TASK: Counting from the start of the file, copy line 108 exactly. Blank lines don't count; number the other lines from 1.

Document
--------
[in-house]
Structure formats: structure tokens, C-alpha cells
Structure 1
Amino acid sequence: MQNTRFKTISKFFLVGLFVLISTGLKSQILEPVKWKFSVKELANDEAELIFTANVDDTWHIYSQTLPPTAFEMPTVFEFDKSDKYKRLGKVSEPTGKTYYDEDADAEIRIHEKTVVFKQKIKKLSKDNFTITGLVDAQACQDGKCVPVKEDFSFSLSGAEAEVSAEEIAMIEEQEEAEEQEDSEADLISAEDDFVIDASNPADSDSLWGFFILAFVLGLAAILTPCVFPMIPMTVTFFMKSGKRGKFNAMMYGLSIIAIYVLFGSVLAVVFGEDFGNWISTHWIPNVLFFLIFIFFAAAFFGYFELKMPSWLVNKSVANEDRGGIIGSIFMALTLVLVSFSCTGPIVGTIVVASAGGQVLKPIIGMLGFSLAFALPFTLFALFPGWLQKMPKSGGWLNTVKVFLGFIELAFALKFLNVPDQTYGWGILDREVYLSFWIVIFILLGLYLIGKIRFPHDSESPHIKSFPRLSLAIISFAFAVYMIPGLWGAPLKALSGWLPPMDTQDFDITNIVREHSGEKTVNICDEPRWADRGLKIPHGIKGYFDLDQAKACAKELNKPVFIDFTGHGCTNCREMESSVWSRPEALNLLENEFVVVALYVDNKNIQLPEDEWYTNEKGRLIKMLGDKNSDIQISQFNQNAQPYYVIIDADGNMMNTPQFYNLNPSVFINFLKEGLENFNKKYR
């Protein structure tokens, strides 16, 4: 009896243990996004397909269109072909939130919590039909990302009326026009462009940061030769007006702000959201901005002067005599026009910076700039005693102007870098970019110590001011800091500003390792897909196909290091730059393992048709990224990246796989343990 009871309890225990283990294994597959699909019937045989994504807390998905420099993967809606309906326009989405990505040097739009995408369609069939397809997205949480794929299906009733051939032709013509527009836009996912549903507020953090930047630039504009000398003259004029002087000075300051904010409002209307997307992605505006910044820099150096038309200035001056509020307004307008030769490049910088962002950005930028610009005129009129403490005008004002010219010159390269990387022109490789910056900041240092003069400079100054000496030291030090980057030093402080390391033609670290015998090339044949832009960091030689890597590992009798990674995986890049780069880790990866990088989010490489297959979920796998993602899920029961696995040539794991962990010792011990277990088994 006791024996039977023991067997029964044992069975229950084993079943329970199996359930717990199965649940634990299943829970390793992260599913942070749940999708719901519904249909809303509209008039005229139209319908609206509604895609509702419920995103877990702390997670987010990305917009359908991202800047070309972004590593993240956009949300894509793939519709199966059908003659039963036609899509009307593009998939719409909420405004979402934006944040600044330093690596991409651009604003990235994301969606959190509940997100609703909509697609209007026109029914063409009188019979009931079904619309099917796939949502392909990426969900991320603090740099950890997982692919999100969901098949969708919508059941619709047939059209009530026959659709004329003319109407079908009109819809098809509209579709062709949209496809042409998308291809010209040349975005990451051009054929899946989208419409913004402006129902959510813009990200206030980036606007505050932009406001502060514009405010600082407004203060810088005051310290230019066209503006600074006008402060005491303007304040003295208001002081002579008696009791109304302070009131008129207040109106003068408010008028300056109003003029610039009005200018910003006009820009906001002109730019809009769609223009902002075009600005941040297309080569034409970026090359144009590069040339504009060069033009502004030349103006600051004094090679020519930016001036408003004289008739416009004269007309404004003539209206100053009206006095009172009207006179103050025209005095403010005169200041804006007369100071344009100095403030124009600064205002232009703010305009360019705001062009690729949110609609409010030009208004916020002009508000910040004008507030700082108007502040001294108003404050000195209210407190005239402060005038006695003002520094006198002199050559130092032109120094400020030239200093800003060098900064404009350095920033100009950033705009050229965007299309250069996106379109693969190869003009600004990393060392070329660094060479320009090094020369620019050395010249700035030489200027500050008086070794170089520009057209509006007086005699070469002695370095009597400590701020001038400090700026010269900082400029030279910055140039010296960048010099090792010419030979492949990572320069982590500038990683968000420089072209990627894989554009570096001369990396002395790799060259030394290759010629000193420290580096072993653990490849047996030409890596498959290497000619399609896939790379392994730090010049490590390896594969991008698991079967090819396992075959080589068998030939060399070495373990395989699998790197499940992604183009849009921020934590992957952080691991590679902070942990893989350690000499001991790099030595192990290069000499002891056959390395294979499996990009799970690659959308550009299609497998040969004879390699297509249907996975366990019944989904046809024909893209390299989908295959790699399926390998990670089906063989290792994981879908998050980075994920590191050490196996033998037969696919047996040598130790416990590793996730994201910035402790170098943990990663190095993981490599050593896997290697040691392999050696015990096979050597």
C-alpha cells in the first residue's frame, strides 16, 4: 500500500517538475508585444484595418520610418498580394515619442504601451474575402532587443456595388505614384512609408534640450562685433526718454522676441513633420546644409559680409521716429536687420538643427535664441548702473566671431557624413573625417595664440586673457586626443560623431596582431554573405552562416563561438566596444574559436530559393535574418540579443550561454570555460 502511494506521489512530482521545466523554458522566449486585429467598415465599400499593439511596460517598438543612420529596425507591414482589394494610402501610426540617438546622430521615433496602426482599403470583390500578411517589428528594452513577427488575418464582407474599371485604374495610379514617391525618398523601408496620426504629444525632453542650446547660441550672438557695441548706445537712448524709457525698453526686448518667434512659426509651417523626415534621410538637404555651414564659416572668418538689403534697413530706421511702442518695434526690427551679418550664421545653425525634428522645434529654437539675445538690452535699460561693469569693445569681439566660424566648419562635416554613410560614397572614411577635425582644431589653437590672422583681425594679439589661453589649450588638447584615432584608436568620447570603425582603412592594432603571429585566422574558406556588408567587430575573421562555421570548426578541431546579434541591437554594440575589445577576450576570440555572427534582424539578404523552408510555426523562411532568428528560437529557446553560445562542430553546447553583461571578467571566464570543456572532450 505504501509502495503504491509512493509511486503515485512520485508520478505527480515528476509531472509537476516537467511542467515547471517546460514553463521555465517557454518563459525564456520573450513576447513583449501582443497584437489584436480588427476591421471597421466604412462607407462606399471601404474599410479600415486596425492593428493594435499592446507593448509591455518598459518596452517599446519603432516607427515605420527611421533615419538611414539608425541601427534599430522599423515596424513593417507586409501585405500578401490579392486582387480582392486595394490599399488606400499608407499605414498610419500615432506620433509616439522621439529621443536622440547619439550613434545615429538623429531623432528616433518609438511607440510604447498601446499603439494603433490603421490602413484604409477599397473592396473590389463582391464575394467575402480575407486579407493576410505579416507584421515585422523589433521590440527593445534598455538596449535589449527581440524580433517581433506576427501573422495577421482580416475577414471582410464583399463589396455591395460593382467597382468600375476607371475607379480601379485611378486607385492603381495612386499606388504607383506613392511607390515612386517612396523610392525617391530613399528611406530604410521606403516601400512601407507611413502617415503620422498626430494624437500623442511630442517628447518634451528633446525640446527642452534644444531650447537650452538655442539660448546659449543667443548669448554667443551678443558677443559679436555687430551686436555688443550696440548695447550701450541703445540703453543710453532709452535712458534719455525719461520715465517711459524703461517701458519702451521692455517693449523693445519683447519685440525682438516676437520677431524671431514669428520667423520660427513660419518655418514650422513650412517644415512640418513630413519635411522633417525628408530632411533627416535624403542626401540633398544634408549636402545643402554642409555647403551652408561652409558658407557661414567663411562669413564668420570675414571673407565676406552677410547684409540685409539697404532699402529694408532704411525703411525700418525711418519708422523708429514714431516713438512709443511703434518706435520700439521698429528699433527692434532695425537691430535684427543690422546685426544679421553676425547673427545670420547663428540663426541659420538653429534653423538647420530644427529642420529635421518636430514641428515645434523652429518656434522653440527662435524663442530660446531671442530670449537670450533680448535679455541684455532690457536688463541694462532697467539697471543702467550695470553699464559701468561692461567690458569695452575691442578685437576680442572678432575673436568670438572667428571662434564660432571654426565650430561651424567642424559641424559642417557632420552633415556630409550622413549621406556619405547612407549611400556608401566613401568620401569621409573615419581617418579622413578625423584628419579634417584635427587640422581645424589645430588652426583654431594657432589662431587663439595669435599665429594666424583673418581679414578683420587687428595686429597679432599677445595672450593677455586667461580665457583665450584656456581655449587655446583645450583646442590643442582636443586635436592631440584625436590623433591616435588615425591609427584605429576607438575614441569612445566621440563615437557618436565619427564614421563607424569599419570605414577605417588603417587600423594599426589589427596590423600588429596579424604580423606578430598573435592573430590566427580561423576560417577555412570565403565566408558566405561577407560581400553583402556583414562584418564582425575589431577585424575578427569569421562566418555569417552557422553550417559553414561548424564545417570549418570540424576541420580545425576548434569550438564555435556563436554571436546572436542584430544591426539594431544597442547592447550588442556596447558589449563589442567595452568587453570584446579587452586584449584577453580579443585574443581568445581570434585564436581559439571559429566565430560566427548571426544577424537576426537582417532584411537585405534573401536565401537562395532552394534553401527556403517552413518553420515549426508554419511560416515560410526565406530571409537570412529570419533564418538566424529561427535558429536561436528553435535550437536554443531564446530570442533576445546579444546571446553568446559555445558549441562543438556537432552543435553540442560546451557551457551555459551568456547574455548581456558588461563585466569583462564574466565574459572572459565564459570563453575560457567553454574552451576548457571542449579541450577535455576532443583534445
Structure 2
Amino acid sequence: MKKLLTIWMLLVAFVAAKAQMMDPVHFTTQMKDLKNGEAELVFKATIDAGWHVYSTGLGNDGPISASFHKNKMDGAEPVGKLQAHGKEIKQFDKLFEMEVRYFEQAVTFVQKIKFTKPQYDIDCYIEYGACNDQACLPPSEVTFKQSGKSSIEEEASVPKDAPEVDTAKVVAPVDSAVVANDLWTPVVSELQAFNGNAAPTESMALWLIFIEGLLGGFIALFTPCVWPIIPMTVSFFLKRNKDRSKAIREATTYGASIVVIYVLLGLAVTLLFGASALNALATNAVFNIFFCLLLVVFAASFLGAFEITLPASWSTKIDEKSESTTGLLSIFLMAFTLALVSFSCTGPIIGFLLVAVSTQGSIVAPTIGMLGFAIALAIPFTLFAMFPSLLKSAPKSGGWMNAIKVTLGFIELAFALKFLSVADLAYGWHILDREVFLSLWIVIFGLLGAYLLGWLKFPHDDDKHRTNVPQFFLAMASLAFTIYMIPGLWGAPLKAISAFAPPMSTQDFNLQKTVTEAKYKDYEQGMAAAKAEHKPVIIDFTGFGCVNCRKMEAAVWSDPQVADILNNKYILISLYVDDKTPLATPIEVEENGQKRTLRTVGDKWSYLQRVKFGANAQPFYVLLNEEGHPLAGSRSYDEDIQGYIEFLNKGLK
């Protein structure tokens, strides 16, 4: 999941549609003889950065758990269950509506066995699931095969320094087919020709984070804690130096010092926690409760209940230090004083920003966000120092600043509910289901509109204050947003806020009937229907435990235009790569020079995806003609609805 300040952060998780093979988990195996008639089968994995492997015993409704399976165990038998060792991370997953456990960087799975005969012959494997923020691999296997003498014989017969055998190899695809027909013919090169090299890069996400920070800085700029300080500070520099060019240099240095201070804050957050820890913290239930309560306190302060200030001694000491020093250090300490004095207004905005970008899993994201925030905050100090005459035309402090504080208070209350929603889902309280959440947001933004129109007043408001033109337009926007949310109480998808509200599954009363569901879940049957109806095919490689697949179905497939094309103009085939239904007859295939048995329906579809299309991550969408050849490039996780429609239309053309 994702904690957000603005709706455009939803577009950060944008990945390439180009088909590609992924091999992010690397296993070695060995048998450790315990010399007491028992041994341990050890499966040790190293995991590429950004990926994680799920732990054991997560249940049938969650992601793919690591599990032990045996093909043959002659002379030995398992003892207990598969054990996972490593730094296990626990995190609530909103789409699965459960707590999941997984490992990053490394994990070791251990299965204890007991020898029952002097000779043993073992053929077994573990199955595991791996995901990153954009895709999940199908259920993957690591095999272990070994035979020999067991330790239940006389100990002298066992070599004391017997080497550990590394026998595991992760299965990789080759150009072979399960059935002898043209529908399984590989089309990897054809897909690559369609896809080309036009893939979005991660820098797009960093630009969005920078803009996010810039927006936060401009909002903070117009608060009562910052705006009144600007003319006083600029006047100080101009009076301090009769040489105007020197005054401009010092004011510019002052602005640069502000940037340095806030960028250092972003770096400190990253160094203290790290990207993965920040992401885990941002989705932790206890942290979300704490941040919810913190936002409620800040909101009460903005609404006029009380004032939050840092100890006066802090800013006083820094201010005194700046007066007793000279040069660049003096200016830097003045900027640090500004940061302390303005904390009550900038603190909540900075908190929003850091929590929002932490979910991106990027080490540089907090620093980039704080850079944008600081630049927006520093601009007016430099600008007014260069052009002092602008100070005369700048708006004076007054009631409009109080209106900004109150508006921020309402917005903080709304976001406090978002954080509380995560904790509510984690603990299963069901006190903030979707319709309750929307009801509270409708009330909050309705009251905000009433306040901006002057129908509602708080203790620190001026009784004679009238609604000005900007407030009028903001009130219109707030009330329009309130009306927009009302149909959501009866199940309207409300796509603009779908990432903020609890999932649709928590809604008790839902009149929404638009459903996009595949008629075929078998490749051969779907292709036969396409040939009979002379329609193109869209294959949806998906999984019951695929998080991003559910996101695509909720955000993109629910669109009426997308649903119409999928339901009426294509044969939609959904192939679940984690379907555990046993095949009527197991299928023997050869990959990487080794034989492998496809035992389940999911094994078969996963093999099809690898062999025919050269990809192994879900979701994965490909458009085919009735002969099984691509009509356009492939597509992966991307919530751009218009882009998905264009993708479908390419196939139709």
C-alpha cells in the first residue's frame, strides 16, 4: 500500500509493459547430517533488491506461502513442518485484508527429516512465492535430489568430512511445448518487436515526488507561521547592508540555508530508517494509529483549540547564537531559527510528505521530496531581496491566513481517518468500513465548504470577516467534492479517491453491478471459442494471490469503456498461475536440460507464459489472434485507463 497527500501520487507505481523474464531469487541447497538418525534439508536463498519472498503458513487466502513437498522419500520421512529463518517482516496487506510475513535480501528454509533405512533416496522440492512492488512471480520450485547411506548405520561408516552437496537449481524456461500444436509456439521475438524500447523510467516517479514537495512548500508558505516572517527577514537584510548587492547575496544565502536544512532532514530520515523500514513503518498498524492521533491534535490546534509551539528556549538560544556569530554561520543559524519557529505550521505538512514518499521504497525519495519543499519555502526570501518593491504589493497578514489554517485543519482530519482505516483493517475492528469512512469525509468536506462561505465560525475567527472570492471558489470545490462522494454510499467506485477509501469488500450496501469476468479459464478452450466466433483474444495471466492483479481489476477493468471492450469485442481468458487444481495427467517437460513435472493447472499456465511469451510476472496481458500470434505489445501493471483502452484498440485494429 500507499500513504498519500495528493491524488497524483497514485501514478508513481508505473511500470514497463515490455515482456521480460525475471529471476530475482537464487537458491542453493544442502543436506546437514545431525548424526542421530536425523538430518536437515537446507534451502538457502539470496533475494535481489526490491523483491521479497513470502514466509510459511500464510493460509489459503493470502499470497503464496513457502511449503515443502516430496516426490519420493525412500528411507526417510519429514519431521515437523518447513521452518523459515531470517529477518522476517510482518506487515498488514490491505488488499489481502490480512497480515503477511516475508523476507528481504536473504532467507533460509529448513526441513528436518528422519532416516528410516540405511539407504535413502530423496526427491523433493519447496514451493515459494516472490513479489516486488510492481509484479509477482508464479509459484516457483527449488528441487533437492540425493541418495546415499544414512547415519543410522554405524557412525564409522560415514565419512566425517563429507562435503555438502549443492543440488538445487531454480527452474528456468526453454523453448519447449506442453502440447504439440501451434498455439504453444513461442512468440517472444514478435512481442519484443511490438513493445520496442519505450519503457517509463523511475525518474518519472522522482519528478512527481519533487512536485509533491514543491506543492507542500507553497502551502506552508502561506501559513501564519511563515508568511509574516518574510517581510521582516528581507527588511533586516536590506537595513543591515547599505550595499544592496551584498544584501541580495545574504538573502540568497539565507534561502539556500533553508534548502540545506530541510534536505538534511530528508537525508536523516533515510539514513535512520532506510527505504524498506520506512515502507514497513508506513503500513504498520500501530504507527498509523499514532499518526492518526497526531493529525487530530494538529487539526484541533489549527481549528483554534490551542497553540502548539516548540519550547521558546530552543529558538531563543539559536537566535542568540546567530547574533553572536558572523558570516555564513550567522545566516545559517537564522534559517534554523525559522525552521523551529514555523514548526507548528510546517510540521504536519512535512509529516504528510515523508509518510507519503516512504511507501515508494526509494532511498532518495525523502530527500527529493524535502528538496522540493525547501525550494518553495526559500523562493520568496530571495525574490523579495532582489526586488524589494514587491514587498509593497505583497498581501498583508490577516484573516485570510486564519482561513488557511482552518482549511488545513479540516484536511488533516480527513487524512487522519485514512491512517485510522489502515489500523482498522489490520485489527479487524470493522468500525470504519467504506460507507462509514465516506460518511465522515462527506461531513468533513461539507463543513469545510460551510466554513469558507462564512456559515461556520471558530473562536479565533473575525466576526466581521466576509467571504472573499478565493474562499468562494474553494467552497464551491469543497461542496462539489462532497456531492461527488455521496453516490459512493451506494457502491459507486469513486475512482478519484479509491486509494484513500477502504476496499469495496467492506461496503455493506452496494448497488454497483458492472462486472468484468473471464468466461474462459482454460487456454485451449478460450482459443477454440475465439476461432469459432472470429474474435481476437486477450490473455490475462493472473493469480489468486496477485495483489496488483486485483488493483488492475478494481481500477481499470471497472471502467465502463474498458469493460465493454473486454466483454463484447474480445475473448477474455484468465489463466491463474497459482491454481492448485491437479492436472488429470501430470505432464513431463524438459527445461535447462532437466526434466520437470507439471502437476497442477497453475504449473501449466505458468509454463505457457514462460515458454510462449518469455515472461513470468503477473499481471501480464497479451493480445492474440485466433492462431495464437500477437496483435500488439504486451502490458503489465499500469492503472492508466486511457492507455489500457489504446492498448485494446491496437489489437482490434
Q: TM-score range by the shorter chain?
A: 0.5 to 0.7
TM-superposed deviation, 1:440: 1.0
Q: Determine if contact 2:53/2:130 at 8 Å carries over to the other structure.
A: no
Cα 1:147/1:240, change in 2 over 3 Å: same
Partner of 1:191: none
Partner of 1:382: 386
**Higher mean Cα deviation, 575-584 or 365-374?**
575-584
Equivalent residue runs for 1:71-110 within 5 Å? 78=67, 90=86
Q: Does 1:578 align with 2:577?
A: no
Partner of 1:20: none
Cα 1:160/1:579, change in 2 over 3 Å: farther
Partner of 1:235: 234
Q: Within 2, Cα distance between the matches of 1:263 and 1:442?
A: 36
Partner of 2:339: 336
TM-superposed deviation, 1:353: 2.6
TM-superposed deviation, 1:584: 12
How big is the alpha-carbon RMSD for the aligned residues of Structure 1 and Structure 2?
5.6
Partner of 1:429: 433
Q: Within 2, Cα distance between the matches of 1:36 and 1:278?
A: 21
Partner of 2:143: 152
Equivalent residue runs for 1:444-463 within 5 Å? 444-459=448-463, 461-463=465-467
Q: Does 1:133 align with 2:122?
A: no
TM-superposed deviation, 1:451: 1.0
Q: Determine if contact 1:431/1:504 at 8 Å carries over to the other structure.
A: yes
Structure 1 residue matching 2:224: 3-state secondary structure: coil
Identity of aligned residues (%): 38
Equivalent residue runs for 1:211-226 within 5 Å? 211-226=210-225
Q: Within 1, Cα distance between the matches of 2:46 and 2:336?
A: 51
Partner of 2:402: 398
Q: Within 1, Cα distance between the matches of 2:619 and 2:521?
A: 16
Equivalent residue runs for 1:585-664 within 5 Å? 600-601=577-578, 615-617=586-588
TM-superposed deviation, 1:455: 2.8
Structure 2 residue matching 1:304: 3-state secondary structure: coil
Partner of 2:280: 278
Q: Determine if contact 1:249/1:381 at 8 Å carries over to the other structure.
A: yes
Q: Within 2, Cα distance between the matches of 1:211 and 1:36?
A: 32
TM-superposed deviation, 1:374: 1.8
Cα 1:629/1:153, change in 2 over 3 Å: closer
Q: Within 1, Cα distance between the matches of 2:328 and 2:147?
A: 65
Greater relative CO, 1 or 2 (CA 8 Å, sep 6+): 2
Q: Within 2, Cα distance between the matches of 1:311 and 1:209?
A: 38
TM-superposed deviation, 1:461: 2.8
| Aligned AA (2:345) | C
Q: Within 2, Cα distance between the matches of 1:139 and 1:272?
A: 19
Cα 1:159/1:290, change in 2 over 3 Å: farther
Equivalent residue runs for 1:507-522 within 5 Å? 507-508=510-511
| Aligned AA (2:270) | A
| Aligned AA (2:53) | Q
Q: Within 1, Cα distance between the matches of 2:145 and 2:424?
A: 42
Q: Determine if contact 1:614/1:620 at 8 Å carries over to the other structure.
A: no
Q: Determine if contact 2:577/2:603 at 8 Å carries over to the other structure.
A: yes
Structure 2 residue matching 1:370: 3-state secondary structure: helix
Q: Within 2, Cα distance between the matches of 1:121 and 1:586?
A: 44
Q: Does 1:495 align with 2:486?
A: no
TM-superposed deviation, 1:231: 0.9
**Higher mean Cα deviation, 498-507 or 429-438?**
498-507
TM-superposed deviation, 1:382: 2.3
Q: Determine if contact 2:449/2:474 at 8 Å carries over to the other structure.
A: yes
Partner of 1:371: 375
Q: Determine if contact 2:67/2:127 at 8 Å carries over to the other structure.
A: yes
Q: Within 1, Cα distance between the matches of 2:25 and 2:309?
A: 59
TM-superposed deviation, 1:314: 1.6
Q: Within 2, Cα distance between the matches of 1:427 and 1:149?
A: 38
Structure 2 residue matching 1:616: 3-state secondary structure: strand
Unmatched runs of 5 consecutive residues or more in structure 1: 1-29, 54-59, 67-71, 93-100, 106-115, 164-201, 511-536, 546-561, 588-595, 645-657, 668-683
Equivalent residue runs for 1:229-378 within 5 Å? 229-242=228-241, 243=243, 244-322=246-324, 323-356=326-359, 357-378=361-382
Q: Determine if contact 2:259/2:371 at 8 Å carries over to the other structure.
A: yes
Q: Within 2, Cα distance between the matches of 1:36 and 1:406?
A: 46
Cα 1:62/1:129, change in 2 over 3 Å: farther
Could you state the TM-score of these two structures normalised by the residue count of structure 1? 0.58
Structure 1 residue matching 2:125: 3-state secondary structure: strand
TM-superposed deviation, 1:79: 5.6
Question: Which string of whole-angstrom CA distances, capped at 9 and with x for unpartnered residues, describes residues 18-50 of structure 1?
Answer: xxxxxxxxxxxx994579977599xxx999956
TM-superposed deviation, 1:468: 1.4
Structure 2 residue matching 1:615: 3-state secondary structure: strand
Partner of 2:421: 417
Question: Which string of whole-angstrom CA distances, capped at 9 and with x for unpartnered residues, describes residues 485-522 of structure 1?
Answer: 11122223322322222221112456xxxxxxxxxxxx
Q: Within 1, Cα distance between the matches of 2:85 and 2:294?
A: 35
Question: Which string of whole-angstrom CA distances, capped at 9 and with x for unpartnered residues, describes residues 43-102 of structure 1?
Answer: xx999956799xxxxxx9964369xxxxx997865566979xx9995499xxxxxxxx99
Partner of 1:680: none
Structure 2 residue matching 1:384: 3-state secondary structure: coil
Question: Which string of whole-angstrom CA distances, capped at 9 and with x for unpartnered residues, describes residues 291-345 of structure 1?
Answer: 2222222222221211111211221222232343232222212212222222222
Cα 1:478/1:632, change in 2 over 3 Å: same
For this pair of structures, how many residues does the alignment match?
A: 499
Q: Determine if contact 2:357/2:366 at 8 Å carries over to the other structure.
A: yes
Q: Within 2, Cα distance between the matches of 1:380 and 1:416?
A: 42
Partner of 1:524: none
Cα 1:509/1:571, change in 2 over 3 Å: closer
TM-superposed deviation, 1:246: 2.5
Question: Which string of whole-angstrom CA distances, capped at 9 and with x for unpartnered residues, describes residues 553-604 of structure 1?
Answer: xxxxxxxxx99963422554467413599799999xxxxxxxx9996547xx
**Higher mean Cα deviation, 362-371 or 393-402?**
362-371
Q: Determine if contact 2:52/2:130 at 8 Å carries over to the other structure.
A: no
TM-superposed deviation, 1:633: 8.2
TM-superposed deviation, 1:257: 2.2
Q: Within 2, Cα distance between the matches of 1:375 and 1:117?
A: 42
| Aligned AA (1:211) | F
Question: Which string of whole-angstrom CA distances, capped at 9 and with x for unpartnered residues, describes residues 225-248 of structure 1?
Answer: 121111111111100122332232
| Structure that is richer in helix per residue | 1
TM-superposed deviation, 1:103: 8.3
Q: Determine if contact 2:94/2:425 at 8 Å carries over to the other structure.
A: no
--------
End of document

Could you state the TM-score of these two structures normalised by the residue count of structure 1? 0.58